3. Spy (2015)

For many McCarthy fans, this action comedy is the high point of her career; it is certainly the one where she gets the strongest and most conventionally starry centre-stage role. She plays the homely, mumsy CIA administrator Susan Cooper, a boring deskbound type, like a “flute player in a wedding group”. She keeps in touch, via her headset, with the super-cool field agent on whom she has a huge crush – Jude Law. Inevitably, disaster strikes and Susan has no choice but to get out there and be a real spy herself, zooming around on motorbikes and handling guns while nervous and bemused about the whole business as she fires off gags and zingers.

2. The Nines (2007)

The screenwriter of the 2000 version of Charlie’s Angels, John August, made his directing debut with this underrated film, a mind-bending mystery of alternative realities. McCarthy was given something that she has hardly been given since – a chance to show that she is a really good straight actor. In three worlds, Ryan Reynolds plays a troubled actor, a TV writer and a video game designer. In these worlds, McCarthy plays, respectively, his PR handler, an actor in his TV show and his wife. There is nothing comedic or ironic about McCarthy’s personae and the film plays against her brand of self-aware comedy. It is a great triple-decker performance in one of the cult films of the 00s.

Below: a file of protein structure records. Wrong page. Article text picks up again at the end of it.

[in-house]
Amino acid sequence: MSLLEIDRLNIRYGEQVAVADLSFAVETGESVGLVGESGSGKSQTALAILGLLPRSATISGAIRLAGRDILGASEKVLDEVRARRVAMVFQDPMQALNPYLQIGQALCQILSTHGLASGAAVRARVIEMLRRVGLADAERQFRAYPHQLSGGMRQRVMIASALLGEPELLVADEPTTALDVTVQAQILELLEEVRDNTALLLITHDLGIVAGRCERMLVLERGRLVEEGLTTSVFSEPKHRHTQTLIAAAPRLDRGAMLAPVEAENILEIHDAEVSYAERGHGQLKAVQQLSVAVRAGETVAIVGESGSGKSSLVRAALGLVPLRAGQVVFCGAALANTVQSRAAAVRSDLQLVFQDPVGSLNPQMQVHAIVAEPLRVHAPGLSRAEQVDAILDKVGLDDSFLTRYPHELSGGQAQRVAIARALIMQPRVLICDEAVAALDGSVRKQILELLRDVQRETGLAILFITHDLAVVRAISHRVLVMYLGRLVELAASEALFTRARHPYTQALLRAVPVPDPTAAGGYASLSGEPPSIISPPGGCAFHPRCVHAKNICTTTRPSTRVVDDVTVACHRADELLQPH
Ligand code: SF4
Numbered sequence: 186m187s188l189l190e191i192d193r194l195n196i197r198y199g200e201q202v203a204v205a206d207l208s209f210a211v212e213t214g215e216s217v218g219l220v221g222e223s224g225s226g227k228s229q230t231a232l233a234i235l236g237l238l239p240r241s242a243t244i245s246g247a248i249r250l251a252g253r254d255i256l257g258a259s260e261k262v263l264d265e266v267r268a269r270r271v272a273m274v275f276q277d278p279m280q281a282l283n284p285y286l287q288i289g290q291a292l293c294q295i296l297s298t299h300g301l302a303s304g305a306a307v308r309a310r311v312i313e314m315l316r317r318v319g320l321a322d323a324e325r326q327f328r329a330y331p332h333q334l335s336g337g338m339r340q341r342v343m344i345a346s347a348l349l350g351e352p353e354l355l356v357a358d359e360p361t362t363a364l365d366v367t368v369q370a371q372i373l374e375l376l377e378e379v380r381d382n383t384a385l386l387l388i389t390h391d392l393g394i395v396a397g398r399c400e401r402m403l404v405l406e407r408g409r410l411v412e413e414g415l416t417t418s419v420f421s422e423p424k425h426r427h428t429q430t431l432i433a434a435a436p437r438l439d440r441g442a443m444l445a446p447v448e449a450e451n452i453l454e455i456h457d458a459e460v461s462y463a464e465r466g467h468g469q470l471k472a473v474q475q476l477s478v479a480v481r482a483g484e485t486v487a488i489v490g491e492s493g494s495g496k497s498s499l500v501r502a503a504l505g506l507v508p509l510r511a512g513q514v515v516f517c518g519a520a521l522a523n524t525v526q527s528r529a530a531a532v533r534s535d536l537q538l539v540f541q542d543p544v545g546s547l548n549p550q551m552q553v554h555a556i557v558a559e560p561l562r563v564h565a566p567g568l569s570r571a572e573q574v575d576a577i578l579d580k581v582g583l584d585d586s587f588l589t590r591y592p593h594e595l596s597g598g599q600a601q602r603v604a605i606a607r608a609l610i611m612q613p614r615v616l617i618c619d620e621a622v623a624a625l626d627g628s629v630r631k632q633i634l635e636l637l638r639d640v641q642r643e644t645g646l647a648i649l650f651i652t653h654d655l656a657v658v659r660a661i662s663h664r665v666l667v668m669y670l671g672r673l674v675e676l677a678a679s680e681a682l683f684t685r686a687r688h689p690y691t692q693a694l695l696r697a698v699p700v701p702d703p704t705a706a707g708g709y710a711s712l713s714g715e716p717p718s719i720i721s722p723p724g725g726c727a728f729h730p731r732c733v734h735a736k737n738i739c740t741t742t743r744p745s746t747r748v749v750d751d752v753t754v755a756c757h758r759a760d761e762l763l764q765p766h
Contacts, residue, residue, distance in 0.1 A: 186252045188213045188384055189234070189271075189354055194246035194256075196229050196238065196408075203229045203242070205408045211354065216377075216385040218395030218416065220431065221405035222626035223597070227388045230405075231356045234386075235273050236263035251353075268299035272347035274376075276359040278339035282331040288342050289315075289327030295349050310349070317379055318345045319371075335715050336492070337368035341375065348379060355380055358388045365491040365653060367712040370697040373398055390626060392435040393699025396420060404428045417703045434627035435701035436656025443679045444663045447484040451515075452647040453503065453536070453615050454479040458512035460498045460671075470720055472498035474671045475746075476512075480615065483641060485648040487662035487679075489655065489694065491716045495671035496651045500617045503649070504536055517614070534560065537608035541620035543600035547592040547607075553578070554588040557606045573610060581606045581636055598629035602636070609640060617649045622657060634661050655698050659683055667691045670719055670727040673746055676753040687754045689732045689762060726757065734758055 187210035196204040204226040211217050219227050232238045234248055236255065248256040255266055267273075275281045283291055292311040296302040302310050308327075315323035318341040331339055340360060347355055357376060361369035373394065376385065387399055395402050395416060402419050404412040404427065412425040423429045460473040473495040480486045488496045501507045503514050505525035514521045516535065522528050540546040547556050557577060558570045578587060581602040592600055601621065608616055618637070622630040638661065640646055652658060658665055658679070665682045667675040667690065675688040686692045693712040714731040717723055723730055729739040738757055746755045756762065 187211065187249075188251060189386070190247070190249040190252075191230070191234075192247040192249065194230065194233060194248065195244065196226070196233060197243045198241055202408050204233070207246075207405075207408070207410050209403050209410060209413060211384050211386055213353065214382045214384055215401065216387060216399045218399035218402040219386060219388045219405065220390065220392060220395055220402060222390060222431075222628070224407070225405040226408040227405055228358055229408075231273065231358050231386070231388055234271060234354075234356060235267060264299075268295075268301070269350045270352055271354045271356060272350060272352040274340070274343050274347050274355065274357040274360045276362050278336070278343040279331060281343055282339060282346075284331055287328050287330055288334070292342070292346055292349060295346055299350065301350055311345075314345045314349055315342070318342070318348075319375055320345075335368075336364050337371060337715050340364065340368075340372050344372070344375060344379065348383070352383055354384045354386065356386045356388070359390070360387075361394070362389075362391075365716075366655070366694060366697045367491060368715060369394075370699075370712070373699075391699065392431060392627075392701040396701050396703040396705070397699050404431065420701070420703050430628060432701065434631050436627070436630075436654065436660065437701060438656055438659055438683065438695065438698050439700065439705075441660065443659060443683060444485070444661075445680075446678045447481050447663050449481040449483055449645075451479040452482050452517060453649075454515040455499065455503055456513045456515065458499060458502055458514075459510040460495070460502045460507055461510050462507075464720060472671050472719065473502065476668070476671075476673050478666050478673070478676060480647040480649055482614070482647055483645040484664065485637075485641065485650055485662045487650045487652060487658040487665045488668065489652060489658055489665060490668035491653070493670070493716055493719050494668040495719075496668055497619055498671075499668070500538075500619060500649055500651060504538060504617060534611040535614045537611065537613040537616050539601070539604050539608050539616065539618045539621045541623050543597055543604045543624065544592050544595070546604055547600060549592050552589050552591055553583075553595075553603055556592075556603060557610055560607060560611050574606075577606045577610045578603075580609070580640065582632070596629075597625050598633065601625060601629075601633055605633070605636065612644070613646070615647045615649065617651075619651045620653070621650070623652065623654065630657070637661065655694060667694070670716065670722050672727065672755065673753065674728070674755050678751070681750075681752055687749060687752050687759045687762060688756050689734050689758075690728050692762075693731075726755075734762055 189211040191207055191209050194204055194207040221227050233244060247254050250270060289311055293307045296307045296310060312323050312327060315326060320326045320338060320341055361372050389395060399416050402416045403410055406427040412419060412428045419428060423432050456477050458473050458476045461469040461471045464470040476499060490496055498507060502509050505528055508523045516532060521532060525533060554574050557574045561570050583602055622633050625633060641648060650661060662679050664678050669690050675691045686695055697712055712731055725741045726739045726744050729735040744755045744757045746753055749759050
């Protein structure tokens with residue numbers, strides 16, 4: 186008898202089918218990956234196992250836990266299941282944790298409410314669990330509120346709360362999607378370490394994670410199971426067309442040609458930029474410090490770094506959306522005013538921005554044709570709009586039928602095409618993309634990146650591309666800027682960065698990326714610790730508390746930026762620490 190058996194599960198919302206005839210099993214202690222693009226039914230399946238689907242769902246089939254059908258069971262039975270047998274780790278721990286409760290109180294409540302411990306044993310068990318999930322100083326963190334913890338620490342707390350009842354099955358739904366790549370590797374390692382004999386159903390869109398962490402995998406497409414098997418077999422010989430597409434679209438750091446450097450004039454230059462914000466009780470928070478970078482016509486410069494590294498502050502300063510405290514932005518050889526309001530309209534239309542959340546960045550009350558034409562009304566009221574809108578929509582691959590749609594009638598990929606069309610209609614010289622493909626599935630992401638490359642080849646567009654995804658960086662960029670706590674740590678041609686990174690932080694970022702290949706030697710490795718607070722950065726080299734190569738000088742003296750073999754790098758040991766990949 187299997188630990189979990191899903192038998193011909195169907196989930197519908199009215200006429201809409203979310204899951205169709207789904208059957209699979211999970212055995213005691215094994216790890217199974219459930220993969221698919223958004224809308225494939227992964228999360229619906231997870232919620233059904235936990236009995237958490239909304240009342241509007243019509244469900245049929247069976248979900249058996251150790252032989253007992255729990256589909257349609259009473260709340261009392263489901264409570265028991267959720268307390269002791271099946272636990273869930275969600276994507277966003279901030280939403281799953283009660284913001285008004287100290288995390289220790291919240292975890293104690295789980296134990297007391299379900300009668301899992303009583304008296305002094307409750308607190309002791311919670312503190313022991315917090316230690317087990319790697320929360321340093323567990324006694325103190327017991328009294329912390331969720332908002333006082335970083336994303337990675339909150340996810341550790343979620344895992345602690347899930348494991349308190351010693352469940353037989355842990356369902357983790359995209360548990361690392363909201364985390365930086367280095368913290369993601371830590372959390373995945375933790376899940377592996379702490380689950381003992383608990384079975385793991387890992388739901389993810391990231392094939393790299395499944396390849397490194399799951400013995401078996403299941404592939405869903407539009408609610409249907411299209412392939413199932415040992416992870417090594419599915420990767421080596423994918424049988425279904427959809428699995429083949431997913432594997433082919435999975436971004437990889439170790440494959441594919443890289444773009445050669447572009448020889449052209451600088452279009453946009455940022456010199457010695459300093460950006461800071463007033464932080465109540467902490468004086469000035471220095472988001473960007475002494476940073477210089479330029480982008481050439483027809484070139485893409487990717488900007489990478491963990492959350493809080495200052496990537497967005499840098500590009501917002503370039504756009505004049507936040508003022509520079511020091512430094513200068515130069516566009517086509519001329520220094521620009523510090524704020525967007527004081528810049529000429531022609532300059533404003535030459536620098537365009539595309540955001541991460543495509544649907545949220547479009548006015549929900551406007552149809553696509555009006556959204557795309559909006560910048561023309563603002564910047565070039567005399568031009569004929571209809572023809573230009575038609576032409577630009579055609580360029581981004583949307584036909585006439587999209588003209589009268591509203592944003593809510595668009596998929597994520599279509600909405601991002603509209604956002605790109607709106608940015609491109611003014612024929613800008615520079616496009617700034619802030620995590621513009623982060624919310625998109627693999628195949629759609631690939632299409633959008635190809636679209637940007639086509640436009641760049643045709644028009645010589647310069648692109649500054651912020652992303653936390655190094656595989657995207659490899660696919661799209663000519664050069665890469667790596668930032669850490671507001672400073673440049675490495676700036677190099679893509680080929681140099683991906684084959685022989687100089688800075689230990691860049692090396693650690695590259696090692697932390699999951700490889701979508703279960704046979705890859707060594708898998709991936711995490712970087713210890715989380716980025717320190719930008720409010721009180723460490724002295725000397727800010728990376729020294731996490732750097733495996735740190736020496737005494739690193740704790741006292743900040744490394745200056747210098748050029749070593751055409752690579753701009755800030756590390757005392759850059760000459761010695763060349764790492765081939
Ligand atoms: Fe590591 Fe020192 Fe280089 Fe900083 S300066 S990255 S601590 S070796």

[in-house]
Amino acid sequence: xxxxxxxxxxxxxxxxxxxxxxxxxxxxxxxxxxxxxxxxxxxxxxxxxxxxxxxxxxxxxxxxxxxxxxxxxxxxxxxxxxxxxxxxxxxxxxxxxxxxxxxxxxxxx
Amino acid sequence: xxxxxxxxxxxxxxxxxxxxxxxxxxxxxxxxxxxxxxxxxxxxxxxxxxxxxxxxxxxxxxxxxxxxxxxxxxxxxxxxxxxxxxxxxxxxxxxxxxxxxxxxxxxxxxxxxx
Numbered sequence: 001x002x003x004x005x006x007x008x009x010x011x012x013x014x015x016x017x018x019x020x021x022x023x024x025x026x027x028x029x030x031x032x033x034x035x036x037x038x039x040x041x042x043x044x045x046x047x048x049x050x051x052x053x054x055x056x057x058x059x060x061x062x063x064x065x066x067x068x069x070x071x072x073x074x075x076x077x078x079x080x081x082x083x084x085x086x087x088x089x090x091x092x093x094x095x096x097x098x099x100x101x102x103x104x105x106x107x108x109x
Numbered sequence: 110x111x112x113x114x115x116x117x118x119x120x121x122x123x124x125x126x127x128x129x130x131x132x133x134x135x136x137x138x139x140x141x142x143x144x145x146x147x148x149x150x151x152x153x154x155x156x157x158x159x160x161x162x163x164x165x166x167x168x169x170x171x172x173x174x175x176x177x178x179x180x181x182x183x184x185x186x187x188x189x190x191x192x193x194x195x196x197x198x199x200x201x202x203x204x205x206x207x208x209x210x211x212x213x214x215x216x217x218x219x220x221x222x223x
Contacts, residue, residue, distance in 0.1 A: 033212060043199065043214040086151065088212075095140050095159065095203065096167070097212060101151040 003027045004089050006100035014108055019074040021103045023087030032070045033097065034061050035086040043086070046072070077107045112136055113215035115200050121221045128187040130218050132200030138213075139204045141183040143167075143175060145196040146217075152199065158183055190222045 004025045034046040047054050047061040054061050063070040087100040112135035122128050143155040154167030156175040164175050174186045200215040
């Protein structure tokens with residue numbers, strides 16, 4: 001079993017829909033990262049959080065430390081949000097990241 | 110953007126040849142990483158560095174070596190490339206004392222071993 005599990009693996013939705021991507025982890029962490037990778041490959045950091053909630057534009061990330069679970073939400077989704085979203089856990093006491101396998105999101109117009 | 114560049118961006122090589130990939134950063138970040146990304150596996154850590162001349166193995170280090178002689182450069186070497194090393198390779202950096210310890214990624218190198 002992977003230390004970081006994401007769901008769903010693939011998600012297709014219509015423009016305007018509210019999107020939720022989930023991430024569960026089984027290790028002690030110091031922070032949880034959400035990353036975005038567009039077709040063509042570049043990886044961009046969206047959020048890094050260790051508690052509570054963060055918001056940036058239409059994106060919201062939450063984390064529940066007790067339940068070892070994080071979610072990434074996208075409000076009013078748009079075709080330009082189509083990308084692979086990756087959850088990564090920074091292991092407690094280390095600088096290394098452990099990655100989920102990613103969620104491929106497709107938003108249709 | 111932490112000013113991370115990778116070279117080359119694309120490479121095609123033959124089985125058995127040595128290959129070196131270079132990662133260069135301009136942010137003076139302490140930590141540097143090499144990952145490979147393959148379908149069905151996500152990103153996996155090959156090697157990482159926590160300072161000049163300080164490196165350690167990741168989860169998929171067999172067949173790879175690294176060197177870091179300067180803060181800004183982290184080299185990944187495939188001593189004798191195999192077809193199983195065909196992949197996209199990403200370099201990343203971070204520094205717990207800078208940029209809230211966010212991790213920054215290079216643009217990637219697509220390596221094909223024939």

1. Can You Ever Forgive Me? (2018)

This earned McCarthy her second Oscar nomination, this time for best actress, and it perfectly fuses her talents for comedy and straight acting, her ability to be tragic and funny. Most importantly, it showcases her almost unique line in being defiantly unlikable and unsympathetic – her way of portraying characters whose ghastliness is placed before you on a take-it-or-leave-it basis. She plays a real-life character, Lee Israel, a bestselling author and alcoholic who falls on hard times in the 80s when the New York publishing scene seems to have no further use for her. She finds an alternative career forging literary manuscripts from the likes of Noël Coward and Dorothy Parker, using her boozy pal Jack, played by Richard E Grant, to hawk these fake documents to credulous booksellers so that she is not recognised. McCarthy’s face is a mask of gleeful contempt for the people she hoodwinks – but also for herself, as she invents pseudo-witty things for famous literary figures to say and almost believes that she is a great writer somehow by association. This taps into all the pathos, irony and absurdity of McCarthy’s comedy, but without the emollient need to provide sympathy – or a happy ending.